EXCLUSIVE: Duke Lacrosse Accuser Not Answering Investigators' Key Questions

ByABC News
March 16, 2007, 8:49 AM

March 16, 2007 — -- The woman who accused three members of the Duke University men's lacrosse team of sexual assault is not being forthcoming with special prosecutors, law enforcement sources close to the case tell ABC News.

The accuser has met at least twice with prosecutors from the North Carolina attorney general's office, which took over the case from Durham District Attorney Mike Nifong in January.

In those interviews she gave incomplete answers when asked about the events surrounding the alleged assault, according to sources.

The attorney general's office issued the following statement to ABC News:

"In discussions with our attorneys, the accuser has been cooperative in answering questions and providing information. More discussions are scheduled."

The same law enforcement sources also said, however, that Kim Roberts, the second dancer who attended the March 2006 party, had also refused to speak with investigators and had said she would do so only if subpoenaed.

Roberts has spoken to the media about the case, including doing an interview with ABC News' "Good Morning America."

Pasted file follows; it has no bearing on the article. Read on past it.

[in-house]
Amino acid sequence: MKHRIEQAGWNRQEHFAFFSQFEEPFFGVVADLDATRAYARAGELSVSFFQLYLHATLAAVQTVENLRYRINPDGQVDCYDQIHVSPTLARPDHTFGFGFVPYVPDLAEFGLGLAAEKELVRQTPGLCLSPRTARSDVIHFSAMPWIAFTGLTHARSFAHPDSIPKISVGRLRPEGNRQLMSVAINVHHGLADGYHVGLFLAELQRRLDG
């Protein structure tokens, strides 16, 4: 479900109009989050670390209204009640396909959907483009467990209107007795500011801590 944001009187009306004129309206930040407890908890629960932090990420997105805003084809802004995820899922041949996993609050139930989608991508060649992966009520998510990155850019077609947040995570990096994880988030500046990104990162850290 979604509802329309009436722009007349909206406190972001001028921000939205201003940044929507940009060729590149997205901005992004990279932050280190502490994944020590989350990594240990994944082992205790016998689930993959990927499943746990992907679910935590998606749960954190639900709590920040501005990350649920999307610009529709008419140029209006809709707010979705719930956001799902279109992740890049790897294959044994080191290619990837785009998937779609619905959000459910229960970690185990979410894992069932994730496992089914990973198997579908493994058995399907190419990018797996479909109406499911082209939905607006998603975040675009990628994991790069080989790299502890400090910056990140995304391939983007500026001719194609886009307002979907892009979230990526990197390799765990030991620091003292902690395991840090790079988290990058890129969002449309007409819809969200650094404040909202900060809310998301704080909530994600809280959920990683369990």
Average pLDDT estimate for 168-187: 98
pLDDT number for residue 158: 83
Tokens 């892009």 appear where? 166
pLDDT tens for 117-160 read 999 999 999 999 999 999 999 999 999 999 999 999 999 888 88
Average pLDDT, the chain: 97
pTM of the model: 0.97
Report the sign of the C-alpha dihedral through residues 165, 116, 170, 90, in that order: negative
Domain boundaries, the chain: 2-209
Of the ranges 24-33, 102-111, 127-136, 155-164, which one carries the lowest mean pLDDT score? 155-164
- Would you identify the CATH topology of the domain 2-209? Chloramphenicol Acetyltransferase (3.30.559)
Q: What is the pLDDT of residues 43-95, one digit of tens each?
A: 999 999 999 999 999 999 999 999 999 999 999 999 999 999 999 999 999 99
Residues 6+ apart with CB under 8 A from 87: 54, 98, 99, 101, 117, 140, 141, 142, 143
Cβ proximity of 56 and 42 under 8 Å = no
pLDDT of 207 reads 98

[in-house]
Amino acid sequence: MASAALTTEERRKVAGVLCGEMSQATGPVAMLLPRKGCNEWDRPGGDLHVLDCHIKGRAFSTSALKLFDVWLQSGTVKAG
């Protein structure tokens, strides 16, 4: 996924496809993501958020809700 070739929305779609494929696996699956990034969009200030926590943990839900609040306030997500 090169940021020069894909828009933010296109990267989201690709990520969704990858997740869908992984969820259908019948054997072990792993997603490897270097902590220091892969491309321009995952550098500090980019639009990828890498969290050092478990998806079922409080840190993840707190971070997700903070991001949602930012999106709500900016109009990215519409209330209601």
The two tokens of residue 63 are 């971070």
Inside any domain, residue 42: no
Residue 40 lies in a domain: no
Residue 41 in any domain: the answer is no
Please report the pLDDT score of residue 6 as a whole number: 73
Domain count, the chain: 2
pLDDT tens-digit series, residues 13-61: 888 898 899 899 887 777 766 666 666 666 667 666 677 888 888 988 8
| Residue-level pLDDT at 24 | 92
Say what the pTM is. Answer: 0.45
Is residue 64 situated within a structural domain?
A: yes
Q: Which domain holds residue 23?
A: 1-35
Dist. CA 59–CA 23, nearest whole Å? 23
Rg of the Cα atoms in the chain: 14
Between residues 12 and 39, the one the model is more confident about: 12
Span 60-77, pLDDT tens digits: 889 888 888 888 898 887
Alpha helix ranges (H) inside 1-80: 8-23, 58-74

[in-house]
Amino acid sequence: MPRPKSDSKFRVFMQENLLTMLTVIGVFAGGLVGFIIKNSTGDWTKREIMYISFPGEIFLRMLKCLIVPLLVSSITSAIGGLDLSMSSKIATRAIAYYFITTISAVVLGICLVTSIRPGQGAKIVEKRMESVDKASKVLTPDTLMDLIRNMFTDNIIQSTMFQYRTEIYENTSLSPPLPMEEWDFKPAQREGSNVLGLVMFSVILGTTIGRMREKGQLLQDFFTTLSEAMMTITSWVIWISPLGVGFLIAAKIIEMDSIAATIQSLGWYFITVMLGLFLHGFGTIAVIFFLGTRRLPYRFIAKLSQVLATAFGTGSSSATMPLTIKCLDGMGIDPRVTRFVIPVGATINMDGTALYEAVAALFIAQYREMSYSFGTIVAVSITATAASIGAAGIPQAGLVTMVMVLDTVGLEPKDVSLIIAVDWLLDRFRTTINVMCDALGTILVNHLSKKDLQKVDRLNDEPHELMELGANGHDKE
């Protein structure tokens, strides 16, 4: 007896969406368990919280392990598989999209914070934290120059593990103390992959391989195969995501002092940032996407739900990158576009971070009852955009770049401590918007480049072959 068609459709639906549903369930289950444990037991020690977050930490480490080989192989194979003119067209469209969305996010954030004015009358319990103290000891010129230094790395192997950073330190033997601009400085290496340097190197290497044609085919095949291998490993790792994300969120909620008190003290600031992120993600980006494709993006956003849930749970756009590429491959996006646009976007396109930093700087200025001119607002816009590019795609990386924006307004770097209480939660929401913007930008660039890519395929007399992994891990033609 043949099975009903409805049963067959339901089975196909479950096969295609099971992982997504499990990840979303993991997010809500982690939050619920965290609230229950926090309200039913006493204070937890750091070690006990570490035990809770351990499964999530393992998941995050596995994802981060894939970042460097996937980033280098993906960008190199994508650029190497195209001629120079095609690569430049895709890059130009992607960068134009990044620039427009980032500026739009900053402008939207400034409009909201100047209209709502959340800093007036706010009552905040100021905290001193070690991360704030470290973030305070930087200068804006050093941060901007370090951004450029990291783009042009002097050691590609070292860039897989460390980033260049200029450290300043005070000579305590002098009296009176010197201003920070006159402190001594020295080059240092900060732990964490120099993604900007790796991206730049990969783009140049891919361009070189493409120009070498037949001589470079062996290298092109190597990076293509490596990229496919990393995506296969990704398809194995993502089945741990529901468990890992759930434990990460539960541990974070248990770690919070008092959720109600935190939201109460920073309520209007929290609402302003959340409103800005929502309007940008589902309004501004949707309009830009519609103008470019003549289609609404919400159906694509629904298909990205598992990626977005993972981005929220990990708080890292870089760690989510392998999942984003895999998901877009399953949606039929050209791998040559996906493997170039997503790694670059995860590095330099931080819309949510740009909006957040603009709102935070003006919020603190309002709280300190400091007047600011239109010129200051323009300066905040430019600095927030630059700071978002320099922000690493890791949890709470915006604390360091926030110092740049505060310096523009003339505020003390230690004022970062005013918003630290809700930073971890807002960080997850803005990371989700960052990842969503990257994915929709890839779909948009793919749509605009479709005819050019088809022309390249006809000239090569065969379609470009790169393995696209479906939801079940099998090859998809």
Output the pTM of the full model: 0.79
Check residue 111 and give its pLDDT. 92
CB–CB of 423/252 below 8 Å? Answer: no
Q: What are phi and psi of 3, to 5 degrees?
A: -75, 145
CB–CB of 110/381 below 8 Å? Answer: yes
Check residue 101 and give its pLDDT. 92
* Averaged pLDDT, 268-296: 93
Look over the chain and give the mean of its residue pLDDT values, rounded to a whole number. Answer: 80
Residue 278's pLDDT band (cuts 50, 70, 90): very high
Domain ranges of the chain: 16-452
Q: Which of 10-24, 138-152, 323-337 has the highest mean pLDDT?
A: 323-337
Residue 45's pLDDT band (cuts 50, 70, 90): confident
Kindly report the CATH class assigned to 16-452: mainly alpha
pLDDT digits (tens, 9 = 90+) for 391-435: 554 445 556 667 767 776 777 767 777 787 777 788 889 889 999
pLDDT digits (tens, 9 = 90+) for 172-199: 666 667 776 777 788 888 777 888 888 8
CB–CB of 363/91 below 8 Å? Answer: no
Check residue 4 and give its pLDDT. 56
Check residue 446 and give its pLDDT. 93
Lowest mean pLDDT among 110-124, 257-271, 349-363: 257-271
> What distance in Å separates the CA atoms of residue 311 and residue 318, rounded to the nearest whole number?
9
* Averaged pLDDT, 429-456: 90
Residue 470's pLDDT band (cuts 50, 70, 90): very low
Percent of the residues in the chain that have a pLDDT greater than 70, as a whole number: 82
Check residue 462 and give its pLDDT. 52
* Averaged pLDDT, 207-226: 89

Although neither woman has been forthcoming up to this point, the sources stressed that this could change and that the accuser might still fully participate with investigators.

In the coming weeks prosecutors will conduct further interviews with those involved in the case, leaving open the possibility that the accuser might say more about what she remembers from that night.

The accuser's testimony is the only known evidence that an alleged sexual assault took place at the off-campus party held by the lacrosse team. Two rounds of DNA testing compared samples from the accuser's body with samples taken from 46 members of the Duke lacrosse team. None of those tests linked any lacrosse players with samples from the rape kit.

With so much of the case hanging on witness testimony, not having the full cooperation of the accuser or Roberts could seriously undermine any prosecutor's case in court. More immediately, it could bring an end to the investigation.

"But if you're coming up on trial and you have a victim that doesn't want to answer questions, to recount the story over and over again, that's going to be a problem in court," said Josh Marquis, an Oregon-based district attorney and ranking member of the National District Attorneys Association.